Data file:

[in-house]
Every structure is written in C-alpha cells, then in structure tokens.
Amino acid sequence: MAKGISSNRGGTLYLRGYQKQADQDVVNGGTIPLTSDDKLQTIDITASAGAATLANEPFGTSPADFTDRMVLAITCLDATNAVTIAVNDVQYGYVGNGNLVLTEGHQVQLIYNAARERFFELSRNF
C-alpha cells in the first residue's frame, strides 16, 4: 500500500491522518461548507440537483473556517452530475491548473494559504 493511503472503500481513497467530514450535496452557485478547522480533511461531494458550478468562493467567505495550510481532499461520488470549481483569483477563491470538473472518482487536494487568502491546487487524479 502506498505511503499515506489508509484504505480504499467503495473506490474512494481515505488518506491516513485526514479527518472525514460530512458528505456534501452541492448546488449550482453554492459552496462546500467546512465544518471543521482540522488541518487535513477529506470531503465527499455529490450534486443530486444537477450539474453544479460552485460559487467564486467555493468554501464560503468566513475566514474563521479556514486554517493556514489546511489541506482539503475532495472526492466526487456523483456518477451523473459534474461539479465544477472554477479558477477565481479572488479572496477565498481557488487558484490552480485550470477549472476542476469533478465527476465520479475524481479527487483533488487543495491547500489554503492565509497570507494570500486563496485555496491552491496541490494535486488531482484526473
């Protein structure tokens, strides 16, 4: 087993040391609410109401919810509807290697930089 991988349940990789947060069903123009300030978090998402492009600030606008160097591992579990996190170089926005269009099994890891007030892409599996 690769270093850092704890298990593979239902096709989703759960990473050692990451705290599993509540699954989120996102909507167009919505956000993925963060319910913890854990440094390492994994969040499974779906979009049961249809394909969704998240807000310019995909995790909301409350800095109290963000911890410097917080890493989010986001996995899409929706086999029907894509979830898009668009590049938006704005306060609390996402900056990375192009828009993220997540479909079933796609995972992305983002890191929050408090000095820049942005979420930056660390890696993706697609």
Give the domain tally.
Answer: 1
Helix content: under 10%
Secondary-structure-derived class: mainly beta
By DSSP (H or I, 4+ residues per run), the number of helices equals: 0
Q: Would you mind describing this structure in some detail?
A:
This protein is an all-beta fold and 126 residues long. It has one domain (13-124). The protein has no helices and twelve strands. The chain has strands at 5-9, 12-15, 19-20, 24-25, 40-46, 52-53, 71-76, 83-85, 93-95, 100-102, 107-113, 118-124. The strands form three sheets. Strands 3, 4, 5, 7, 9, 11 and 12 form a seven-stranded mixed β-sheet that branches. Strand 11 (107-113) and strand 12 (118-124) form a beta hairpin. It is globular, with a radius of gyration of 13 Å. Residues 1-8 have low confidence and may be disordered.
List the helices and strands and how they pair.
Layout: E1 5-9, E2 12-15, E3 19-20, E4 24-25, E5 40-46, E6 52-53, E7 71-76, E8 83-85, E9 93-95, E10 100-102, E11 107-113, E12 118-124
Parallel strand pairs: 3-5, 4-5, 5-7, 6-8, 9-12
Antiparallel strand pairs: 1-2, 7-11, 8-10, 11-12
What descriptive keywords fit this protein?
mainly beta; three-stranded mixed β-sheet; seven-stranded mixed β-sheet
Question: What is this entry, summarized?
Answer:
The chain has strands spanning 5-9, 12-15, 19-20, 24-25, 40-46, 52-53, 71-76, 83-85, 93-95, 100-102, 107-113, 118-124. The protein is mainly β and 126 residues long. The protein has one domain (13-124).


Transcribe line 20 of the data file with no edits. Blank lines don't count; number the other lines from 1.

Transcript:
Question: What is this entry, summarized?